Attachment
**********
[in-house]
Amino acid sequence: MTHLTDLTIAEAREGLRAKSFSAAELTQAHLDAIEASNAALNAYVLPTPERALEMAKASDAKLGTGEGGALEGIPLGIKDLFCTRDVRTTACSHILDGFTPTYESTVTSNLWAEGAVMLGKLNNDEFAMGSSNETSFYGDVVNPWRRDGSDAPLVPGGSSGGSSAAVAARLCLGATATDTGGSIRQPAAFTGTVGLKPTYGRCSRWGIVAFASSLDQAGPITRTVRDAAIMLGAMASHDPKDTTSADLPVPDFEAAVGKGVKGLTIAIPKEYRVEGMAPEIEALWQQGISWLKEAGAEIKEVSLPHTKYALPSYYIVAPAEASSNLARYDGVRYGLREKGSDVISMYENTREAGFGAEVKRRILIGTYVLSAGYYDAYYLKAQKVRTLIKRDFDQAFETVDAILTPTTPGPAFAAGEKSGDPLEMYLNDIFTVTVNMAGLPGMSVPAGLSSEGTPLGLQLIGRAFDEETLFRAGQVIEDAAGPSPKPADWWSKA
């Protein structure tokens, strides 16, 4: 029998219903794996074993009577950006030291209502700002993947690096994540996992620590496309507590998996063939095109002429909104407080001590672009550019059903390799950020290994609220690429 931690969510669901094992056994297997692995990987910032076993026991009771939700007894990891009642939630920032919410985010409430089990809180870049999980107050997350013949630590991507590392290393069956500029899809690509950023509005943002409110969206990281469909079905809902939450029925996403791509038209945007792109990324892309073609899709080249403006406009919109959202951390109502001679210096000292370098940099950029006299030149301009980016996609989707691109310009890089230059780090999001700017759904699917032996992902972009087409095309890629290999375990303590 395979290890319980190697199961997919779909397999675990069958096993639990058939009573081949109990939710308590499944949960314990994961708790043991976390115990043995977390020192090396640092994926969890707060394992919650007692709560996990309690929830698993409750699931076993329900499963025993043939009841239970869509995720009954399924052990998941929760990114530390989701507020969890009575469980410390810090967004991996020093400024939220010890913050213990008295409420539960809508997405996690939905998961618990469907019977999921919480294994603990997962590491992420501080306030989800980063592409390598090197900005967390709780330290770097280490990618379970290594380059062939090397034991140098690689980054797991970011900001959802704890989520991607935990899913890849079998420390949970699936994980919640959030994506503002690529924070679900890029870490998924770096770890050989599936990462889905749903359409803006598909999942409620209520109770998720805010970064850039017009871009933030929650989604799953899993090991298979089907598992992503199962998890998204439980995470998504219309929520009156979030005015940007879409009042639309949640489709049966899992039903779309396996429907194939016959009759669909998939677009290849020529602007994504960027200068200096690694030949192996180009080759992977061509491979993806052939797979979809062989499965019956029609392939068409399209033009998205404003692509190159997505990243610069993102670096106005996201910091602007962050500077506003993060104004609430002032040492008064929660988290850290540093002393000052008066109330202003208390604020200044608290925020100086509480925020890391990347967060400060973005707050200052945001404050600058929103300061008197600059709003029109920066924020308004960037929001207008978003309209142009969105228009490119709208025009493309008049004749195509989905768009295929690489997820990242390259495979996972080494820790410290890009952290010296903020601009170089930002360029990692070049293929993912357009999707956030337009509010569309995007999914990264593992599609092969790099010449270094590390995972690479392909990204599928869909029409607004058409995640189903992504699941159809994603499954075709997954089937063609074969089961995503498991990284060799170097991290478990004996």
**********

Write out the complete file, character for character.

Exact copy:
[in-house]
Amino acid sequence: MTHLTDLTIAEAREGLRAKSFSAAELTQAHLDAIEASNAALNAYVLPTPERALEMAKASDAKLGTGEGGALEGIPLGIKDLFCTRDVRTTACSHILDGFTPTYESTVTSNLWAEGAVMLGKLNNDEFAMGSSNETSFYGDVVNPWRRDGSDAPLVPGGSSGGSSAAVAARLCLGATATDTGGSIRQPAAFTGTVGLKPTYGRCSRWGIVAFASSLDQAGPITRTVRDAAIMLGAMASHDPKDTTSADLPVPDFEAAVGKGVKGLTIAIPKEYRVEGMAPEIEALWQQGISWLKEAGAEIKEVSLPHTKYALPSYYIVAPAEASSNLARYDGVRYGLREKGSDVISMYENTREAGFGAEVKRRILIGTYVLSAGYYDAYYLKAQKVRTLIKRDFDQAFETVDAILTPTTPGPAFAAGEKSGDPLEMYLNDIFTVTVNMAGLPGMSVPAGLSSEGTPLGLQLIGRAFDEETLFRAGQVIEDAAGPSPKPADWWSKA
């Protein structure tokens, strides 16, 4: 029998219903794996074993009577950006030291209502700002993947690096994540996992620590496309507590998996063939095109002429909104407080001590672009550019059903390799950020290994609220690429 931690969510669901094992056994297997692995990987910032076993026991009771939700007894990891009642939630920032919410985010409430089990809180870049999980107050997350013949630590991507590392290393069956500029899809690509950023509005943002409110969206990281469909079905809902939450029925996403791509038209945007792109990324892309073609899709080249403006406009919109959202951390109502001679210096000292370098940099950029006299030149301009980016996609989707691109310009890089230059780090999001700017759904699917032996992902972009087409095309890629290999375990303590 395979290890319980190697199961997919779909397999675990069958096993639990058939009573081949109990939710308590499944949960314990994961708790043991976390115990043995977390020192090396640092994926969890707060394992919650007692709560996990309690929830698993409750699931076993329900499963025993043939009841239970869509995720009954399924052990998941929760990114530390989701507020969890009575469980410390810090967004991996020093400024939220010890913050213990008295409420539960809508997405996690939905998961618990469907019977999921919480294994603990997962590491992420501080306030989800980063592409390598090197900005967390709780330290770097280490990618379970290594380059062939090397034991140098690689980054797991970011900001959802704890989520991607935990899913890849079998420390949970699936994980919640959030994506503002690529924070679900890029870490998924770096770890050989599936990462889905749903359409803006598909999942409620209520109770998720805010970064850039017009871009933030929650989604799953899993090991298979089907598992992503199962998890998204439980995470998504219309929520009156979030005015940007879409009042639309949640489709049966899992039903779309396996429907194939016959009759669909998939677009290849020529602007994504960027200068200096690694030949192996180009080759992977061509491979993806052939797979979809062989499965019956029609392939068409399209033009998205404003692509190159997505990243610069993102670096106005996201910091602007962050500077506003993060104004609430002032040492008064929660988290850290540093002393000052008066109330202003208390604020200044608290925020100086509480925020890391990347967060400060973005707050200052945001404050600058929103300061008197600059709003029109920066924020308004960037929001207008978003309209142009969105228009490119709208025009493309008049004749195509989905768009295929690489997820990242390259495979996972080494820790410290890009952290010296903020601009170089930002360029990692070049293929993912357009999707956030337009509010569309995007999914990264593992599609092969790099010449270094590390995972690479392909990204599928869909029409607004058409995640189903992504699941159809994603499954075709997954089937063609074969089961995503498991990284060799170097991290478990004996």